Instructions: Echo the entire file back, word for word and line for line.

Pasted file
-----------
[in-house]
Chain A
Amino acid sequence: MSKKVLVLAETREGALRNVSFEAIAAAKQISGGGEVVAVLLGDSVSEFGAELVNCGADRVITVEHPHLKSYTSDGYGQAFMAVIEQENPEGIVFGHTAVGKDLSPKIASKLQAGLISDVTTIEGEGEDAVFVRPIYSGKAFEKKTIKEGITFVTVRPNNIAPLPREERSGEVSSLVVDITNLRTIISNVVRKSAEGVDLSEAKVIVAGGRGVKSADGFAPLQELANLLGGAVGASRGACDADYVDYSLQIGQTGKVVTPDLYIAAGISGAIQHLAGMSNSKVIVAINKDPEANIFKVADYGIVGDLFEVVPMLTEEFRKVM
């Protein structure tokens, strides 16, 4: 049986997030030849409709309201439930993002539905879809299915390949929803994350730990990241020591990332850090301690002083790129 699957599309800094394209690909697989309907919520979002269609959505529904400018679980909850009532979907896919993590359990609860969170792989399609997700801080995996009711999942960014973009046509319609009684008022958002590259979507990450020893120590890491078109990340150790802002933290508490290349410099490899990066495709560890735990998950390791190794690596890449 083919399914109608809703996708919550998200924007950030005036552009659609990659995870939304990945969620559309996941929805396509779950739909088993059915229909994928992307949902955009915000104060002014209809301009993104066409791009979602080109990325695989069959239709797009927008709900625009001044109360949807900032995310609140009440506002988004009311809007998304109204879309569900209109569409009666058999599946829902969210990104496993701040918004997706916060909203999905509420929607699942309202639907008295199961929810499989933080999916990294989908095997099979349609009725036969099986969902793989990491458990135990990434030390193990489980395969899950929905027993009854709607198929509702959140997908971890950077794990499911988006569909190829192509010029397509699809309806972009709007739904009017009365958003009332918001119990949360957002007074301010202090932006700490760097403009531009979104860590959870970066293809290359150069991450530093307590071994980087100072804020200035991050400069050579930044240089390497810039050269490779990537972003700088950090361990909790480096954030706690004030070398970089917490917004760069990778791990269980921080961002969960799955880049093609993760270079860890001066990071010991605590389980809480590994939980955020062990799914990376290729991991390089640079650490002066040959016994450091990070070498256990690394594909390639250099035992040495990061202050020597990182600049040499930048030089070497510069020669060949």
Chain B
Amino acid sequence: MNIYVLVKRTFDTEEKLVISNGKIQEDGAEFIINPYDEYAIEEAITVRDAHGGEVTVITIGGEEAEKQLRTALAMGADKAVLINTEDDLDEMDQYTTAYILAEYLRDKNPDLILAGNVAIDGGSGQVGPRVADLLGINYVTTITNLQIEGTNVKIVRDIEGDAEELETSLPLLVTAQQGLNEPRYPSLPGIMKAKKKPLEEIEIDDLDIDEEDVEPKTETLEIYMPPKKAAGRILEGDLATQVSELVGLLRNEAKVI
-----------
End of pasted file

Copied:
[in-house]
Chain A
Amino acid sequence: MSKKVLVLAETREGALRNVSFEAIAAAKQISGGGEVVAVLLGDSVSEFGAELVNCGADRVITVEHPHLKSYTSDGYGQAFMAVIEQENPEGIVFGHTAVGKDLSPKIASKLQAGLISDVTTIEGEGEDAVFVRPIYSGKAFEKKTIKEGITFVTVRPNNIAPLPREERSGEVSSLVVDITNLRTIISNVVRKSAEGVDLSEAKVIVAGGRGVKSADGFAPLQELANLLGGAVGASRGACDADYVDYSLQIGQTGKVVTPDLYIAAGISGAIQHLAGMSNSKVIVAINKDPEANIFKVADYGIVGDLFEVVPMLTEEFRKVM
């Protein structure tokens, strides 16, 4: 049986997030030849409709309201439930993002539905879809299915390949929803994350730990990241020591990332850090301690002083790129 699957599309800094394209690909697989309907919520979002269609959505529904400018679980909850009532979907896919993590359990609860969170792989399609997700801080995996009711999942960014973009046509319609009684008022958002590259979507990450020893120590890491078109990340150790802002933290508490290349410099490899990066495709560890735990998950390791190794690596890449 083919399914109608809703996708919550998200924007950030005036552009659609990659995870939304990945969620559309996941929805396509779950739909088993059915229909994928992307949902955009915000104060002014209809301009993104066409791009979602080109990325695989069959239709797009927008709900625009001044109360949807900032995310609140009440506002988004009311809007998304109204879309569900209109569409009666058999599946829902969210990104496993701040918004997706916060909203999905509420929607699942309202639907008295199961929810499989933080999916990294989908095997099979349609009725036969099986969902793989990491458990135990990434030390193990489980395969899950929905027993009854709607198929509702959140997908971890950077794990499911988006569909190829192509010029397509699809309806972009709007739904009017009365958003009332918001119990949360957002007074301010202090932006700490760097403009531009979104860590959870970066293809290359150069991450530093307590071994980087100072804020200035991050400069050579930044240089390497810039050269490779990537972003700088950090361990909790480096954030706690004030070398970089917490917004760069990778791990269980921080961002969960799955880049093609993760270079860890001066990071010991605590389980809480590994939980955020062990799914990376290729991991390089640079650490002066040959016994450091990070070498256990690394594909390639250099035992040495990061202050020597990182600049040499930048030089070497510069020669060949």
Chain B
Amino acid sequence: MNIYVLVKRTFDTEEKLVISNGKIQEDGAEFIINPYDEYAIEEAITVRDAHGGEVTVITIGGEEAEKQLRTALAMGADKAVLINTEDDLDEMDQYTTAYILAEYLRDKNPDLILAGNVAIDGGSGQVGPRVADLLGINYVTTITNLQIEGTNVKIVRDIEGDAEELETSLPLLVTAQQGLNEPRYPSLPGIMKAKKKPLEEIEIDDLDIDEEDVEPKTETLEIYMPPKKAAGRILEGDLATQVSELVGLLRNEAKVI